4 Reasons Why You Shouldn't Pace The Sidelines During Youth Sports

4 Reasons Why You Shouldn't Pace The Sidelines During Youth Sports

Parents, it’s time to have a seat, most preferably in the bleachers or a chair. We promise, this is something you need to hear: pacing the sidelines and instructing your child during youth sports is not going to help them play better. Consider your actions by turning the tables. What if your boss was constantly pacing outside your office, waiting for you to do your job? Perhaps worse, what if he or she intermittently stopped by and offered forceful instructions to you on how to do it?

Of course, no adult wants to work in an environment like that -- unfortunately, that is exactly what parents are doing when they coach from the sidelines, here are the reasons why:

You will add confusion to the game plan
The coach has already put together a strategy and given players their assignments. When you coach from the sidelines, you may end up giving instructions that will contradict what the coach has instructed the players to do. Youth sports athletes will have a hard time focusing on both the coach and parents. They can’t do both and so you must decide: do you want your child to play and have fun or slow down and try to listen to the instructions coming from both sides?

You might be thinking: yes, but the coach isn’t coaching! However, just because he isn’t constantly yelling from the sidelines doesn’t mean that you must do it for him. Many coaches feel that constantly yelling at a player hinders the development of an athlete during youth sports. A great coach knows how to do more coaching during practice so that he can pull back during the game.

You set a poor example of self-control
Your child learns self-control by observing how you behave on the sidelines. Your example of self-control -- or lack thereof -- will be far more important in your child's development than any in-game advice you may have. Besides, if you're acting out and yelling at athletes, coaches, referees, whomever it may be, then what will stop your child from doing the same? If you show poor sportsmanship as you pace the sidelines, your child will not be far behind, following in your footsteps.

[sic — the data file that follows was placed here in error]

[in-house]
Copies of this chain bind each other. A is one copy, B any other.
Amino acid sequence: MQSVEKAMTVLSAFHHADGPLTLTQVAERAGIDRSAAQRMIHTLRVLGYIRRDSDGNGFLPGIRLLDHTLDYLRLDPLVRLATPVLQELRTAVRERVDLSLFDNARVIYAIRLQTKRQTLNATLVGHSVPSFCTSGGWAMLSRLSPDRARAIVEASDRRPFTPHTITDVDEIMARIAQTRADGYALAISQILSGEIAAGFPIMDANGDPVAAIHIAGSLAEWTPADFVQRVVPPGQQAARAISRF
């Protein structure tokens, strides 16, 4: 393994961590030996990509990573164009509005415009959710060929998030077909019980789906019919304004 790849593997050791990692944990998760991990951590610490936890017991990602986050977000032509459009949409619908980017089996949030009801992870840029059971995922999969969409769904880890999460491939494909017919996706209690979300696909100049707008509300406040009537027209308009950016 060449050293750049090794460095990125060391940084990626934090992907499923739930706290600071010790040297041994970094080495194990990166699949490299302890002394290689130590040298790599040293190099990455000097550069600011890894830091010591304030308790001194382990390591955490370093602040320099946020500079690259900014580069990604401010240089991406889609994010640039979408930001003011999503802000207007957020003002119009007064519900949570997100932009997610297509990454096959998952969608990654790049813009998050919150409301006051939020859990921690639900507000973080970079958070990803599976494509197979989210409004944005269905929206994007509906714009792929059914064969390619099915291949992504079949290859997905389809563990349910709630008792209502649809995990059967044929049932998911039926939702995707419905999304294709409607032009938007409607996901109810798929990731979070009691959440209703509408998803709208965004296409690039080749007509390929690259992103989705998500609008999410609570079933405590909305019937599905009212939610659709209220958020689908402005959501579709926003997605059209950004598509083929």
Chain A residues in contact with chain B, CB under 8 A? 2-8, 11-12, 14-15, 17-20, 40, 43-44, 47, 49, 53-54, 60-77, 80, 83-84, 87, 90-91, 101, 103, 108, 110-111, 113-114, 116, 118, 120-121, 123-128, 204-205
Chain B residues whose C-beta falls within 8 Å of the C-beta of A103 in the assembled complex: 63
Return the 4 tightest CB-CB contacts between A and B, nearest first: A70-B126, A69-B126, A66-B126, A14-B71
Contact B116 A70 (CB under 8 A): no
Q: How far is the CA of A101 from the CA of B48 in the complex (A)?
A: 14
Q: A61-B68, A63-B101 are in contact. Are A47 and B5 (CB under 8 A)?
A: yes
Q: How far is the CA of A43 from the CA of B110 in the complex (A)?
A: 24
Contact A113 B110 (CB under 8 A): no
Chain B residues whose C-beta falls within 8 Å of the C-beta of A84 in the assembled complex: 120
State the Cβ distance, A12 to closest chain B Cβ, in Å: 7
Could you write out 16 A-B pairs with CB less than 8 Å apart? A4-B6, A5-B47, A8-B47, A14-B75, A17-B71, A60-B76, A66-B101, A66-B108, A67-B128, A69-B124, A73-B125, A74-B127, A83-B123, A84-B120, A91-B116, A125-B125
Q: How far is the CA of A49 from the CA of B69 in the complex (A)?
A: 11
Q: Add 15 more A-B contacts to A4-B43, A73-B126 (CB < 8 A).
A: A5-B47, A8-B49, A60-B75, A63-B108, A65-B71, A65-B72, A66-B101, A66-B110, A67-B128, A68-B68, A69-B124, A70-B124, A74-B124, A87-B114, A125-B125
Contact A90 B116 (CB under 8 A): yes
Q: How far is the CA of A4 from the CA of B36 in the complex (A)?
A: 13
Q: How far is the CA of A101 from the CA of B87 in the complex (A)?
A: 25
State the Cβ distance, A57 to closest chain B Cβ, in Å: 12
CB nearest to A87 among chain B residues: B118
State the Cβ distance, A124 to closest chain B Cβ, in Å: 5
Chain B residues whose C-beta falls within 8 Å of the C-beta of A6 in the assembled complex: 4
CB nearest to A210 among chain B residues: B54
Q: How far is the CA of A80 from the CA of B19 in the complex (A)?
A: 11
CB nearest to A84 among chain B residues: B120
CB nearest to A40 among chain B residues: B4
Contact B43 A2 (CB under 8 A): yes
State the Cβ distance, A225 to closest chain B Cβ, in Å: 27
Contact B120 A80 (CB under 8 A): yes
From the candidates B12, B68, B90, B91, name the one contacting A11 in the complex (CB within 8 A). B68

You create anxiousness
If you get nervous, your anxiousness well spread to your child. Again, let’s use the pacing boss analogy. Can you do your best work with a boss hovering over your shoulder? No, of course not. He is only adding to your anxiety as you strive to get your job done -- it’s no different for your child. Pressure, particularly so for a young athlete, can be an absolute confidence killer and reason to quit the sport entirely.

You are hindering your child’s growth
Yes, you're only trying to help your child by instructing him from the sidelines, but, in reality, you are holding back his growth. Your constant sideline interference does not allow him to make decisions and learn on his own. The best way for you to help your child this season is to invest in a very comfortable stadium seat or lawn chair to use at every youth sports game.

If you must walk off nervous energy, visit the snack bar or walk behind the bleachers where your child cannot see your anxiety or frustration. If you relax and watch, rather than pace and yell, we promise that all parties will enjoy the game that much more.

 

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